Close to 2,500 residents are being told to evacuate as rivers in B.C.’s Kootenay-Boundary region exceed record levels. (Regional District of Kootenay-Boundary)

Evacuation orders issued for 2,500 in B.C.’s Kootenay-Boundary region

River levels have exceeded 1948 record highs

Thousands of people are being told to evacuate in the Regional District of Kootenay-Boundary as water levels rise to record highs.

An evacuation order issued Monday expanded the evacuation order to 1125 additional properties in the regional district, including 380 homes in Grand Forks and the south valley.

In total, 2,500 people are now under evacuation order in the region.

The 1,125 evacuated homes include the 380 in Grand Forks and the south valley, 114 in the Christina Lake area, 89 in the North Fork area, 12 in Greenwood, 35 in Midway, six in Rock Creek, 142 in the Christian Valley area, 141 in the Beaverdell area, 158 in the Carmi area and 48 in Westbridge and north.

Monday evacuation orders come on top of 33 properties whose residents were told to leave their homes over the past two days.

The properties, which sit on a 200-year floodplain, had all been put on evacuation alert in the past 48 hours.

All residents must evacuate their homes immediately and head to the nearest reception centre. Food and shelter will be provided for those who need it but even people staying with family and friends are asked to register.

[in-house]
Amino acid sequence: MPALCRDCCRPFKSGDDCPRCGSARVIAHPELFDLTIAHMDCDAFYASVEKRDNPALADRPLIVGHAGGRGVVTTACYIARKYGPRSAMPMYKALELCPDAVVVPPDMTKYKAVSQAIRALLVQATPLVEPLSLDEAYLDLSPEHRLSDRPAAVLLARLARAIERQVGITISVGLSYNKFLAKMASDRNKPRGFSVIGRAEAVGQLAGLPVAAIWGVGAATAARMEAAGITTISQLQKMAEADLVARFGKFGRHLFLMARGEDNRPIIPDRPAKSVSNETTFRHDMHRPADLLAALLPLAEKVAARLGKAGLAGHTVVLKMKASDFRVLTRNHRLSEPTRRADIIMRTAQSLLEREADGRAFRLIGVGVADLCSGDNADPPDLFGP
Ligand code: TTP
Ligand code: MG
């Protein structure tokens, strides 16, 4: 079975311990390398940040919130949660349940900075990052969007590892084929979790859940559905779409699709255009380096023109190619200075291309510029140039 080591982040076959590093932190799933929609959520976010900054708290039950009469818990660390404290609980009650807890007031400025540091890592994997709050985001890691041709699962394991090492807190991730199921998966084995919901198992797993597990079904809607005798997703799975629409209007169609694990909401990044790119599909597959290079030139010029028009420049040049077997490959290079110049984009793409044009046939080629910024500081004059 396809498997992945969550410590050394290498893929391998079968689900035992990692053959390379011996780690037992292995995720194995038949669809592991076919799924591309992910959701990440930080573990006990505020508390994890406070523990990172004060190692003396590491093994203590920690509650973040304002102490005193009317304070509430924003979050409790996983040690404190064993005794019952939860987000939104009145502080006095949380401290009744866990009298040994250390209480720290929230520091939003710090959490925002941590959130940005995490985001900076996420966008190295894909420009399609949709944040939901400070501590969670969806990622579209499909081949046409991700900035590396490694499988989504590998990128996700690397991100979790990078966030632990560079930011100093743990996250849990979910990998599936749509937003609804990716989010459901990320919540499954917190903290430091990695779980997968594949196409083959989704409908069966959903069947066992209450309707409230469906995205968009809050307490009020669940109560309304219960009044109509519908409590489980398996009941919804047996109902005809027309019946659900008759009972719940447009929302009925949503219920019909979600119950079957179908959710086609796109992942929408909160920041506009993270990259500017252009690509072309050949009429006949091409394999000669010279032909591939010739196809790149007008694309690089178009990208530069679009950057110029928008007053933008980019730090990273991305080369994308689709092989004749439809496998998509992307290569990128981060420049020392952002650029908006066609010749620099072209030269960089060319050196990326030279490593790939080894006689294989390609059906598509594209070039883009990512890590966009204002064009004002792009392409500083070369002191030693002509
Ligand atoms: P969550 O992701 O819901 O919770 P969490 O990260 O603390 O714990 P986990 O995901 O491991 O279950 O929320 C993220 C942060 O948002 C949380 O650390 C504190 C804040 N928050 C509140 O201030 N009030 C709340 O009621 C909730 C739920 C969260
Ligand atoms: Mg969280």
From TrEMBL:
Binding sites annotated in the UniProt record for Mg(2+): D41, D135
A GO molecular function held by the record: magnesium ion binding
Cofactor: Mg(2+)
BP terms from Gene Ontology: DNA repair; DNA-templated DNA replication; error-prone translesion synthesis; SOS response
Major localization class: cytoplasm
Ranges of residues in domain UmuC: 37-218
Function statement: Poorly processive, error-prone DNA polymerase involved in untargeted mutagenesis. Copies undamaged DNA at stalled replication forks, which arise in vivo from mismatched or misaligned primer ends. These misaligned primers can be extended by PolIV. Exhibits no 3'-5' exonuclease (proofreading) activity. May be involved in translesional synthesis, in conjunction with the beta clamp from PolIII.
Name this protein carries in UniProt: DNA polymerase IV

READ MORE: Disaster Financial Assistance now available for those affected by flooding

The two centres are at:

  • Grand Forks Curling Rink, 7230 21 St., Grand Forks
  • Midway Community Centre, 692 7 Ave., Midway

The province has seen ever-increasing flooding in recent weeks, with rising river levels cutting off Hwy. 8 and leading to two mobile home parks and several other homes being evacuated near Merritt.

In total, Emergency Management BC said that evacuation orders or alerts have been issued for seven regional districts and seven First Nations around the province.

Speaking last month, provincial officials warned that this summer’s floods could be much worse because of last summer’s devastating wildfires.

“The experts are telling us that with the devastation to the landscape, the water and snowmelt is able to flow much more accessibly into the rivers and streams and so causes these high stream flow and potential flooding issues,” said Emily Epp, the Cariboo Regional District’s emergency operations centre spokesperson.

More to come.


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